In explicating the thought of Socrates, Nietzsche wrote that philosophy was an effort “to harm stupidity” (The Gay Science, §328). According to Nietzsche, humanism teaches us that it is our egotism that is to blame for our misery. Socrates taught the youth of Athens that it is our thoughtlessness that is to blame.
What if psychoanalysis were to take this thought seriously and propose stupidity as a valid concept? That is, what if, instead of using this word in a pejorative way as an insult, we were to conceive stupidity as a tendency inherent to the human mind? To tell a friend they are being stupid is to express concern for their well-being and to warn against continuing along a particular path of thought or action. To refer to a stranger or to people in general as stupid is a form of arrogance expressing contempt, which is itself a form of stupidity. What if there were other possibilities for this word—possibilities that would open up new avenues for critical thinking in the effort to resist tendencies toward collective self-destruction? Can we think of stupidity not as the absence of but as a structure of thought, and can we think it from a specifically psychoanalytic register as a previously unrecognized form of defense?
stupid (adj.): 1540s, “mentally slow, lacking ordinary activity of mind, dull, inane,” from Middle French stupide (16c.) and directly from Latin stupidus “amazed, confounded; dull, foolish,” literally “struck senseless,” from stupere “be stunned, amazed, confounded,” from PIE *stupe– “hit,” from root *(s)teu- (1) “to push, stick, knock, beat” (www.etymonline.com)
As the etymology of the word indicates, stupidity is not ignorance; it describes a state into which we are thrown by being hit, stunned, “struck senseless”—a state of stupefaction that is a response to a certain violence. To be stupefied is to regress in the face of the unexpected, to have one’s critical faculties paralyzed.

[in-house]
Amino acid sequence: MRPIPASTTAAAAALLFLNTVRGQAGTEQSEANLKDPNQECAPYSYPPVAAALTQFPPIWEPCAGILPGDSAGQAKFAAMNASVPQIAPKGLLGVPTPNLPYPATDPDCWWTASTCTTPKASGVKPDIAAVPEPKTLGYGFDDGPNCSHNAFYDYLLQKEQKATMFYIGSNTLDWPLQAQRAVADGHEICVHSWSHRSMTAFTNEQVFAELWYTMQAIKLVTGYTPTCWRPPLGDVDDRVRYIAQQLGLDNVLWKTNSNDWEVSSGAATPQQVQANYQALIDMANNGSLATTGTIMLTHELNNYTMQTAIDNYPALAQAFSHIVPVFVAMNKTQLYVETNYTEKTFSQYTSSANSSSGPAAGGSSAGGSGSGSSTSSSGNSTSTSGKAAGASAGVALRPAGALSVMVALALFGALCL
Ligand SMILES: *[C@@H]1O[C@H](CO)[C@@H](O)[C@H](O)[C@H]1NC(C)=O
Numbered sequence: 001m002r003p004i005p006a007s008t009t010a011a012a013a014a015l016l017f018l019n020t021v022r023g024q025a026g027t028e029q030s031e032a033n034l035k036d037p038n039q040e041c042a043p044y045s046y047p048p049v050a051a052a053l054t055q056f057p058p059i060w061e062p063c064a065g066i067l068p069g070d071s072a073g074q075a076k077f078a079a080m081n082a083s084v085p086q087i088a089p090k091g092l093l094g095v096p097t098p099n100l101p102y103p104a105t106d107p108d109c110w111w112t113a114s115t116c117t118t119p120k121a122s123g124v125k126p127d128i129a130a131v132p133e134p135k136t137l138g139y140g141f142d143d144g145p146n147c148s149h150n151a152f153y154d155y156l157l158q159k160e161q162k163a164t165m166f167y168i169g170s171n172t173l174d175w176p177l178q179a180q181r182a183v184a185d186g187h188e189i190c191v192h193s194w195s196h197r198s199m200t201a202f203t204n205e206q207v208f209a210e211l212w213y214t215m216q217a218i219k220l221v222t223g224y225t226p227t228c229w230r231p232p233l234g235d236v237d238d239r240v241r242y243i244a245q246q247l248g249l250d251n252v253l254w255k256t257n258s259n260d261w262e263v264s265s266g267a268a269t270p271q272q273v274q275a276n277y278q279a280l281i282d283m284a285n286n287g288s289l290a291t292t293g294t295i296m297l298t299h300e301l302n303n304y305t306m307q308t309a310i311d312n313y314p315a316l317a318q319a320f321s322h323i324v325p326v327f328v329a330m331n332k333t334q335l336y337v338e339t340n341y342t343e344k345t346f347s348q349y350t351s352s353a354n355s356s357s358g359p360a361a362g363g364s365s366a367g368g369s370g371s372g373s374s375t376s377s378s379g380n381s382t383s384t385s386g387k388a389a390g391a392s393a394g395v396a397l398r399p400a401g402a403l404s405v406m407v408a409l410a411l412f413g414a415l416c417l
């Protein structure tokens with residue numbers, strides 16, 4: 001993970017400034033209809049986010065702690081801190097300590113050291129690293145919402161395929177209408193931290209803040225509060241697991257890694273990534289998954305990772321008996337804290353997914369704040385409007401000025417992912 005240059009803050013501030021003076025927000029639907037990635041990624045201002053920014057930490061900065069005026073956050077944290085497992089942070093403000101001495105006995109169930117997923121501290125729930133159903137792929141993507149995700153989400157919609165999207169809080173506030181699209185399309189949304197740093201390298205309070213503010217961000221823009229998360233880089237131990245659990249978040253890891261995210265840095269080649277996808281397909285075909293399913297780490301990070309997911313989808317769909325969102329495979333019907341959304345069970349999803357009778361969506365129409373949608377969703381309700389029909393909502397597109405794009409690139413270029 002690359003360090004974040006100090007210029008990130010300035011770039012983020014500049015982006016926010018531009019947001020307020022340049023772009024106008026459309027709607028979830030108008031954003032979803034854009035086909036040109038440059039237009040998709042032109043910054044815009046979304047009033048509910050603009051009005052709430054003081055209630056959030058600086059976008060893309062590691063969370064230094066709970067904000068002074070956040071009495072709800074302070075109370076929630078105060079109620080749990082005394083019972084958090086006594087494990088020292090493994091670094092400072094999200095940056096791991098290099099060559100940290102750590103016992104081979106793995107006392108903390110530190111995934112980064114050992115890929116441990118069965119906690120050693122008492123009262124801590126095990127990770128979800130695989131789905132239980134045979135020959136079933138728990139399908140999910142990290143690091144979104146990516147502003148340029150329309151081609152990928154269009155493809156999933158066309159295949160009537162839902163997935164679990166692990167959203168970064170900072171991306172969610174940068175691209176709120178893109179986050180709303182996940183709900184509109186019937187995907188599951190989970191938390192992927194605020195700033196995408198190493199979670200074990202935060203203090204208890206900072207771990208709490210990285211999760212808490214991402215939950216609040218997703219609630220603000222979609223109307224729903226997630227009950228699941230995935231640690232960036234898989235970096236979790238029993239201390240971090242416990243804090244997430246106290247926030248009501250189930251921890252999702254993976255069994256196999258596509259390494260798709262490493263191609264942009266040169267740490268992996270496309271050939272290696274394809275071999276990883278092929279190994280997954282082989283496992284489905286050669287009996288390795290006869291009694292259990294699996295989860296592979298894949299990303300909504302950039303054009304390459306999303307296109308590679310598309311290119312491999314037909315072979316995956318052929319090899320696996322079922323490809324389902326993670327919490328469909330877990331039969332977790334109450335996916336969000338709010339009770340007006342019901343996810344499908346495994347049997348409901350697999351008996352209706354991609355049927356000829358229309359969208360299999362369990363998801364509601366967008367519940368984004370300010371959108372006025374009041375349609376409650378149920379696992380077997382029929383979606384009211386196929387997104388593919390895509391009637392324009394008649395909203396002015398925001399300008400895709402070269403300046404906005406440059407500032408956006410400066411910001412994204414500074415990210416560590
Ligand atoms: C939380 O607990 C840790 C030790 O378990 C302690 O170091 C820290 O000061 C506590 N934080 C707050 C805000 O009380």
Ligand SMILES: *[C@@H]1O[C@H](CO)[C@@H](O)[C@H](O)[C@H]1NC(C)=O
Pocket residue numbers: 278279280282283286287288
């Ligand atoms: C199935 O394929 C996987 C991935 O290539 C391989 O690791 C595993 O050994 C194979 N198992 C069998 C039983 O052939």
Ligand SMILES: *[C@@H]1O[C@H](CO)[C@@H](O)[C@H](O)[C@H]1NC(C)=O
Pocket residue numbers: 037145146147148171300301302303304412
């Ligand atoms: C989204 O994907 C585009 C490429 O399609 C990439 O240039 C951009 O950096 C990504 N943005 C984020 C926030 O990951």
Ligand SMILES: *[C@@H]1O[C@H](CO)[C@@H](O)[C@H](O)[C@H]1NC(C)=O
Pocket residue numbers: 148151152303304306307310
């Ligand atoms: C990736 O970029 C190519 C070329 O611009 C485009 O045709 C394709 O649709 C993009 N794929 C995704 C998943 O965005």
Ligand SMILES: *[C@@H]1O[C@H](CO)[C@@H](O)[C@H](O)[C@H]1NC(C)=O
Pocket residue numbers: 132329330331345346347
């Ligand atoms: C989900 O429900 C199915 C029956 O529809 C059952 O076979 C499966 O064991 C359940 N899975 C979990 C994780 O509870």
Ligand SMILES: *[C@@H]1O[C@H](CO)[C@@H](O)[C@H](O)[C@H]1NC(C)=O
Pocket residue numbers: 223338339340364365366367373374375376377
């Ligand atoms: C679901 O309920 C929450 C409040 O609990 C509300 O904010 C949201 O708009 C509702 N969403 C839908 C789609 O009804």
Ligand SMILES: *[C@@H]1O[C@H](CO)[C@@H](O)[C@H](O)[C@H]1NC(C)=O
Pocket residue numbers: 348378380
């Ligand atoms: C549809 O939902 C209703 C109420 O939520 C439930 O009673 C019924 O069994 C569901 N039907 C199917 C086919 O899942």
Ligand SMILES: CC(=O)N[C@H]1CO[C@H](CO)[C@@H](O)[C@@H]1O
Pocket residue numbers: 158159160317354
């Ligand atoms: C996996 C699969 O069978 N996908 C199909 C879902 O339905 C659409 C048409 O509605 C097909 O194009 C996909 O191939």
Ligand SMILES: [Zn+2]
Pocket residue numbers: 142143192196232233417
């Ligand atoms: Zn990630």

But the pejorative connotation is also relevant here: we become stupid in being stupefied when we fail to take responsibility for our stupefaction and instead blame it on the situation or agent of injury itself. Passively embracing our stupefaction in this way constitutes the failure that is our stupidity.
We can resist this failure with the help of an affect that all historical communities have, until recently, taken great care to cultivate within their members: shame. When I feel ashamed of my stupidity, I am already engaged in a struggle to overcome my stupidity. The basis for the cultivation of shame is the child’s identification with adults that links the generations and that constructs what Freud called the superego. To be truly stupid is to be unashamed of one’s stupidity— to have relinquished the historical, intergenerational fight for intelligent, mature thought.
I am on holiday in a gorgeous location, and it is a beautiful day outside. I’ve gone to the trouble of bringing several books with me that I’ve been waiting months to have time for. Yet I am inside my hotel room with the curtains closed, playing sudoku on my smartphone. How many times has this happened before? A countless number of times—whenever I casually turn on the television instead of opening a book. Reading was something I spent a lot of time as a child not only doing but watching my parents do. Unconsciously drawing on these memories, I become aware that, in this moment, the smartphone is smarter than I am—I have lost a battle with this object in becoming captivated, struck senseless by this device with which I am in an ongoing war for my time and attention. Realizing how stupefied I have become, I feel ashamed, so I am motivated to go outside and read.